Whew! We can all breathe a sigh of relief. A 100-foot wide asteroid whizzed by the Earth on Monday night and (obviously) avoided a collision with our fair planet, NBC News reported.
Asteroid 2013 TX68 made its closest approach to Earth at about 7 p.m. ET Monday, according to Laurie Cantillo, a spokeswoman for NASA.
NASA originally said the yacht-sized asteroid would fly by on March 5, but additional data allowed NASA's Center for Near-Earth Object Studies Propulsion Laboratory (CNEOS) to "get a better handle on its orbital path" and predict that it would pass on March 8.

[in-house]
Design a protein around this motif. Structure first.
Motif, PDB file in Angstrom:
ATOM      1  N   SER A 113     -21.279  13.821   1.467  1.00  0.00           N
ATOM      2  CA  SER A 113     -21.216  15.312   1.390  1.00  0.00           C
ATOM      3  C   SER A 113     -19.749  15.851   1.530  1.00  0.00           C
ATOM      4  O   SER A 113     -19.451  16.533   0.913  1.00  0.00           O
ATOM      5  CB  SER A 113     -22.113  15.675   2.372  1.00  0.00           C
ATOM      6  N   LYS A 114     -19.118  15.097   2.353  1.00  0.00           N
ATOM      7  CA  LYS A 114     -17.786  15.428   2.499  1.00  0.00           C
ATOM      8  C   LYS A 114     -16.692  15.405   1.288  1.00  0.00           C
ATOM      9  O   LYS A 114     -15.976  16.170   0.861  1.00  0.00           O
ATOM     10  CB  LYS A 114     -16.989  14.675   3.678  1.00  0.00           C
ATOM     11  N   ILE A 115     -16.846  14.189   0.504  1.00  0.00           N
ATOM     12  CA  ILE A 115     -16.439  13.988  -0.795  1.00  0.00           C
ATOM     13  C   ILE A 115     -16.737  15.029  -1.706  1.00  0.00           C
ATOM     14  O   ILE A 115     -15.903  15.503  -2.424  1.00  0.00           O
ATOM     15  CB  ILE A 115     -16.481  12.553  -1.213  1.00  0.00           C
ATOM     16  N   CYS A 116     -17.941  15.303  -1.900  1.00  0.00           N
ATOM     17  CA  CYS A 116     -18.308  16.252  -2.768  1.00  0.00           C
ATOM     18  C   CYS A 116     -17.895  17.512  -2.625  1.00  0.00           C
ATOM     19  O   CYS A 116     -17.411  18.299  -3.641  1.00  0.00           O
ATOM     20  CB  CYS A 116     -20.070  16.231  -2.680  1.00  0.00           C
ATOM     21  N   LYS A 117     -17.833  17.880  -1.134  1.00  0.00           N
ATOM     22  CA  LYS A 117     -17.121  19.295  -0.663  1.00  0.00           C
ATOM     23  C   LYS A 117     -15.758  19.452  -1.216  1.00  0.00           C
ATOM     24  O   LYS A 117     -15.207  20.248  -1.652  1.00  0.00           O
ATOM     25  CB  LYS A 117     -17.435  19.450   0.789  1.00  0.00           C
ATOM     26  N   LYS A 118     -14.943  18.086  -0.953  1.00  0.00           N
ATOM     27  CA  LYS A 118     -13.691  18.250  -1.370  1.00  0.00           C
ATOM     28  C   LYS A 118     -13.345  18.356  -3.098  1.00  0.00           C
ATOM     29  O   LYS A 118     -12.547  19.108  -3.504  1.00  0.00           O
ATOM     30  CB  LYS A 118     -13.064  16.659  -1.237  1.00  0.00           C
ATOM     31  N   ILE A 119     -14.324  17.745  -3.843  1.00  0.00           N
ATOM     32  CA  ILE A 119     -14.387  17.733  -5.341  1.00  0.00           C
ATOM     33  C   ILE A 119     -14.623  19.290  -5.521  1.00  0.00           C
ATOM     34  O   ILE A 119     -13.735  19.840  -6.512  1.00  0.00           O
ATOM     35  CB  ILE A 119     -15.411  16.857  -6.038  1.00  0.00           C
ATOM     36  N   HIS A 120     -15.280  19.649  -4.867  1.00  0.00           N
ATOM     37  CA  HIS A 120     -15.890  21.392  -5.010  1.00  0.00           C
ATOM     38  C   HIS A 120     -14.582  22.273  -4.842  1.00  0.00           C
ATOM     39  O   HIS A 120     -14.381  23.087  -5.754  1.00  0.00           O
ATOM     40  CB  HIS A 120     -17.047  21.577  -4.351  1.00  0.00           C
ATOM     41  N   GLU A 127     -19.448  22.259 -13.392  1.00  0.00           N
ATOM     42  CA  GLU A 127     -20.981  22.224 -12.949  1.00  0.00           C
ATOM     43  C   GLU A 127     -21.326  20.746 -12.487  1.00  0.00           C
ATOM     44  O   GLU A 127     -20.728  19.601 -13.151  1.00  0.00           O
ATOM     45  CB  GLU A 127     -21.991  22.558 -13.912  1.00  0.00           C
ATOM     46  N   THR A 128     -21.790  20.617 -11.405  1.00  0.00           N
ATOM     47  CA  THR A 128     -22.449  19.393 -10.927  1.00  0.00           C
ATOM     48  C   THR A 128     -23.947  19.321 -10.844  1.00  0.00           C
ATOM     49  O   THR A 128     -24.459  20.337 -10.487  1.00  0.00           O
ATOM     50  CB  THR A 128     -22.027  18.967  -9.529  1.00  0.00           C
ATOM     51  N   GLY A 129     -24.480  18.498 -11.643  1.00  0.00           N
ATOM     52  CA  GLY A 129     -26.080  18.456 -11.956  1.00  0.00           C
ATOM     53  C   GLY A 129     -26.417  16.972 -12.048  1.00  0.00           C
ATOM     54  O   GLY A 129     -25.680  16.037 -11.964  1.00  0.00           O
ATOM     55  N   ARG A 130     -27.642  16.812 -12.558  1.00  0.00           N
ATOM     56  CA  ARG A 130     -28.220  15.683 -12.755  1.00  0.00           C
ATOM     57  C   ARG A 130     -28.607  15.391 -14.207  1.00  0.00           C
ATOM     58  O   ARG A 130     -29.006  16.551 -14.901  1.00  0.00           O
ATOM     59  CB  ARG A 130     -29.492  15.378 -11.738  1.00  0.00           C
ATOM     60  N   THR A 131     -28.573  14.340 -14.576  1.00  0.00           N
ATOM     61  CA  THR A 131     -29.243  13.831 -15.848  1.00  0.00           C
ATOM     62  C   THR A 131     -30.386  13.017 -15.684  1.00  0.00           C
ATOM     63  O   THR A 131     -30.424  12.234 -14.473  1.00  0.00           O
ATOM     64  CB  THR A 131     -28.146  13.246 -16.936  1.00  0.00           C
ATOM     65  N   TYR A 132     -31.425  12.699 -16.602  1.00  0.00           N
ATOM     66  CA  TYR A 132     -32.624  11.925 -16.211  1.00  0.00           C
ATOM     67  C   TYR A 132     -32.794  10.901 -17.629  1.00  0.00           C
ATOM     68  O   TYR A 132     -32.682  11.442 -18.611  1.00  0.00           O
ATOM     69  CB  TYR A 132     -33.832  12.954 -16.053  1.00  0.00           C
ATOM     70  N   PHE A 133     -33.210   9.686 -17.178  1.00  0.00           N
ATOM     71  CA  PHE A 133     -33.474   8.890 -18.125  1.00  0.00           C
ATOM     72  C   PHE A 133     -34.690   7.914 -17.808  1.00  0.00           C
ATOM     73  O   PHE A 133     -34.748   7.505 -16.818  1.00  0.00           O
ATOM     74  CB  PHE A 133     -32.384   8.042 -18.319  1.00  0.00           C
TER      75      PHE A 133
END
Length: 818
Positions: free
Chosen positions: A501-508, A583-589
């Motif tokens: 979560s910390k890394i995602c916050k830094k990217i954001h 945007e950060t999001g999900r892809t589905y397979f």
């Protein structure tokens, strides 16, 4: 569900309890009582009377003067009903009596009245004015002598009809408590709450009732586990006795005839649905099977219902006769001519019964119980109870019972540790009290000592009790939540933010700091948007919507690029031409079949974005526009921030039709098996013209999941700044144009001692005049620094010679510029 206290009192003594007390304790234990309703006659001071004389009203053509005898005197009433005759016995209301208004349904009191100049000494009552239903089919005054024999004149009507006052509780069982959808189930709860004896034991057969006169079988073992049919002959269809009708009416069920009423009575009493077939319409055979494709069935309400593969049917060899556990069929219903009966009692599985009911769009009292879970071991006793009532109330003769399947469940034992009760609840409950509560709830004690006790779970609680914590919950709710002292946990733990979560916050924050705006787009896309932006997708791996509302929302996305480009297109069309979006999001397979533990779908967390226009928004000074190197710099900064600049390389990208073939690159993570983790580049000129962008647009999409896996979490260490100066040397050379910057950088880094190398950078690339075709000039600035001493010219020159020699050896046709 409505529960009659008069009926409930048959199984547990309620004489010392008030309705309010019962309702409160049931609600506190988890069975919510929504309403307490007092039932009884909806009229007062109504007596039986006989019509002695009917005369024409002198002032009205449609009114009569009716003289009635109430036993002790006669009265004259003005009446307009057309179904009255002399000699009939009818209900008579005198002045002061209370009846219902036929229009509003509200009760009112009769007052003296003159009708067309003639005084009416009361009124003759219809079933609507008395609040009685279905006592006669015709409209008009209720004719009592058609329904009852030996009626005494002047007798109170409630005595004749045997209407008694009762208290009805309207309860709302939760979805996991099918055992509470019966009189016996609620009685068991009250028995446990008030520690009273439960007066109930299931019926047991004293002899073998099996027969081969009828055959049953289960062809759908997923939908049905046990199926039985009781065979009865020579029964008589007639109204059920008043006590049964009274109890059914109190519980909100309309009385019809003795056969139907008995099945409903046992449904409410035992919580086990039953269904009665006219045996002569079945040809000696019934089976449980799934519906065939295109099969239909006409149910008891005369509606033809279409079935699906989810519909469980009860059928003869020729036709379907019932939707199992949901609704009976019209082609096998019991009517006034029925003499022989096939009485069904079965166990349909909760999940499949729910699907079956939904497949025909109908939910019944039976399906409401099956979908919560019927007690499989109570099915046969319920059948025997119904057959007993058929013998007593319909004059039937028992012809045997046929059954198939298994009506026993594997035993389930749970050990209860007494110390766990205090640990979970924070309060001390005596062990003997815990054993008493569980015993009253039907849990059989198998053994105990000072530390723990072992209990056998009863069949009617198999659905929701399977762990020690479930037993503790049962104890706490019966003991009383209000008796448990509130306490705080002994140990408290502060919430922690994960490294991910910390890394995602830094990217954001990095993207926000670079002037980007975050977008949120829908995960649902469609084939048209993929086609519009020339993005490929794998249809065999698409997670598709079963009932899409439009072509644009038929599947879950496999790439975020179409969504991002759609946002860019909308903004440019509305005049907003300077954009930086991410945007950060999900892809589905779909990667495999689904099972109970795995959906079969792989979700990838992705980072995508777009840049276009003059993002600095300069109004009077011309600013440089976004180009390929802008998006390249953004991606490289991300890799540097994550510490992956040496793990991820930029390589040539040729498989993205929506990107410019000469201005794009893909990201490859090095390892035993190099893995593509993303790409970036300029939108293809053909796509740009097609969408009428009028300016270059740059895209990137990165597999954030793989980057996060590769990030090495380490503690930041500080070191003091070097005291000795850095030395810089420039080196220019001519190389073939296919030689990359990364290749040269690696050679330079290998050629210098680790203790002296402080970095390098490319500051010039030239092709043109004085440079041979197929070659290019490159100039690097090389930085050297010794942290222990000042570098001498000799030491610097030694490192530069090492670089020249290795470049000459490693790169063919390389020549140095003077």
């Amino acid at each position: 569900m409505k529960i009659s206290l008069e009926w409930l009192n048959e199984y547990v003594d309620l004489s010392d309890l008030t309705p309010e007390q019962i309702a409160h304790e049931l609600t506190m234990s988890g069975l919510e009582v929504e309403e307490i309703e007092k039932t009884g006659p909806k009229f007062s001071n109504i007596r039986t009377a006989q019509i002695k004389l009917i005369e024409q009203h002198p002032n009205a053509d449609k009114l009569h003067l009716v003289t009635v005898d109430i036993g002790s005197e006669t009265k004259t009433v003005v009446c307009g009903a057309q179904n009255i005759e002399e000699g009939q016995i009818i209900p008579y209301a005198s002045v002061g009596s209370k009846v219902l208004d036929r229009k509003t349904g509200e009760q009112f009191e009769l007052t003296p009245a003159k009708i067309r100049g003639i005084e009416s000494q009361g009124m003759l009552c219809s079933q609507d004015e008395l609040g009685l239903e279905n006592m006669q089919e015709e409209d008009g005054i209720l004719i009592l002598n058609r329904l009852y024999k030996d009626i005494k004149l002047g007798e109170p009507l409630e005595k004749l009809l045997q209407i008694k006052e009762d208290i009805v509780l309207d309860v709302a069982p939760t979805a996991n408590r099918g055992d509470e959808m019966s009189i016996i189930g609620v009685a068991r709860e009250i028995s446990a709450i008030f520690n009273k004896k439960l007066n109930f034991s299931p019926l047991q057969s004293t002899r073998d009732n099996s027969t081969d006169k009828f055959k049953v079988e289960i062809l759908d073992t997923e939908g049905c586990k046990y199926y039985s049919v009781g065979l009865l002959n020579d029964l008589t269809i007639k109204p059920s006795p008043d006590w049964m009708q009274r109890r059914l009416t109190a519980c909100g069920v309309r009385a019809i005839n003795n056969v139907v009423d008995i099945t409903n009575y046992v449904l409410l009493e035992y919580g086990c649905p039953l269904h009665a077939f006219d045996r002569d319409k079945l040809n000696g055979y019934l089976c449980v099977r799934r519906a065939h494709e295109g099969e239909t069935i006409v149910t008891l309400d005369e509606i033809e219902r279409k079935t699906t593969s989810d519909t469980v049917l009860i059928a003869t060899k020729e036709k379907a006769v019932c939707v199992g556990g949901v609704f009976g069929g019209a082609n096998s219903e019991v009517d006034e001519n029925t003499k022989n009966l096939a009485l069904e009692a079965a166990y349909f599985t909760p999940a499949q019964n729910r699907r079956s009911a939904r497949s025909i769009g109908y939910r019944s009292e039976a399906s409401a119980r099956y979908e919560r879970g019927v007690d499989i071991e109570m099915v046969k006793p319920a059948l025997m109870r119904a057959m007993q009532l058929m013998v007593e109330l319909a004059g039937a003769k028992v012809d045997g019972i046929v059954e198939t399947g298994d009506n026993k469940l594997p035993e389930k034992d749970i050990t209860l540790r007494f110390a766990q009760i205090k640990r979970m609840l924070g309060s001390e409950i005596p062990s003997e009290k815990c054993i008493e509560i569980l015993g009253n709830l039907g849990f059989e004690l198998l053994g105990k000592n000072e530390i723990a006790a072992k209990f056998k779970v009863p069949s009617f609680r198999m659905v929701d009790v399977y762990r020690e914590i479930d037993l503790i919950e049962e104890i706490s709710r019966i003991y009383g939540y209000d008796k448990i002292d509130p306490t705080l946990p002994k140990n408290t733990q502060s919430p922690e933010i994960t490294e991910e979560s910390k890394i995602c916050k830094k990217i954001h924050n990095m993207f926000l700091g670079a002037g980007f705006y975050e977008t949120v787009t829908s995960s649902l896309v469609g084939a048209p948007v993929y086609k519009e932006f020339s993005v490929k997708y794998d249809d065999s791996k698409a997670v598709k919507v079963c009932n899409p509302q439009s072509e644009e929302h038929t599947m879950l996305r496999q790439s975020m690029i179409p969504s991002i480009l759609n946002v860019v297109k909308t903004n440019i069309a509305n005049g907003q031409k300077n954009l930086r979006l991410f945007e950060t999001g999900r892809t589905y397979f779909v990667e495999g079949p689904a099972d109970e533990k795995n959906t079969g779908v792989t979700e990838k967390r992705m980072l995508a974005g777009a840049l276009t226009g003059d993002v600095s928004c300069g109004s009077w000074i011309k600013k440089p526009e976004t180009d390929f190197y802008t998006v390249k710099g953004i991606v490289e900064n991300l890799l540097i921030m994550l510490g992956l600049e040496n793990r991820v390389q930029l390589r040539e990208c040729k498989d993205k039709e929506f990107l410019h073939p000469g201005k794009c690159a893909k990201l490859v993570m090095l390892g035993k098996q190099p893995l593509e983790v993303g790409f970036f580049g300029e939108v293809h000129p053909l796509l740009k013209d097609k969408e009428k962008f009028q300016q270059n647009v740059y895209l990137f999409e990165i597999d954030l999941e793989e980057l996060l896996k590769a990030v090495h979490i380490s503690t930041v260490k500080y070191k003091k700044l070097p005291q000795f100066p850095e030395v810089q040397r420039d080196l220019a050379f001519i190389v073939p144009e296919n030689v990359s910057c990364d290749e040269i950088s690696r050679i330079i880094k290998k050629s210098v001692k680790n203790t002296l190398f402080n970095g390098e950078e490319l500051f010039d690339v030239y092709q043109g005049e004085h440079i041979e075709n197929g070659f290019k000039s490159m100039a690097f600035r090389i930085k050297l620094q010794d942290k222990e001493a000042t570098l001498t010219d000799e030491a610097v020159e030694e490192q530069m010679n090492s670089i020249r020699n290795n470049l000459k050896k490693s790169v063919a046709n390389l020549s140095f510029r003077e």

NASA was also able to determine last month that the asteroid would likely be 3 million miles away (about 379 times the Earth's diameter) when it flew past Earth — but said the giant space rock could come as close as 15,000 miles (less than two times the Earth's diameter).
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The reason for the vast range? The asteroid could only be tracked for a short time after it was discovered on Oct. 6, 2013, according to NASA.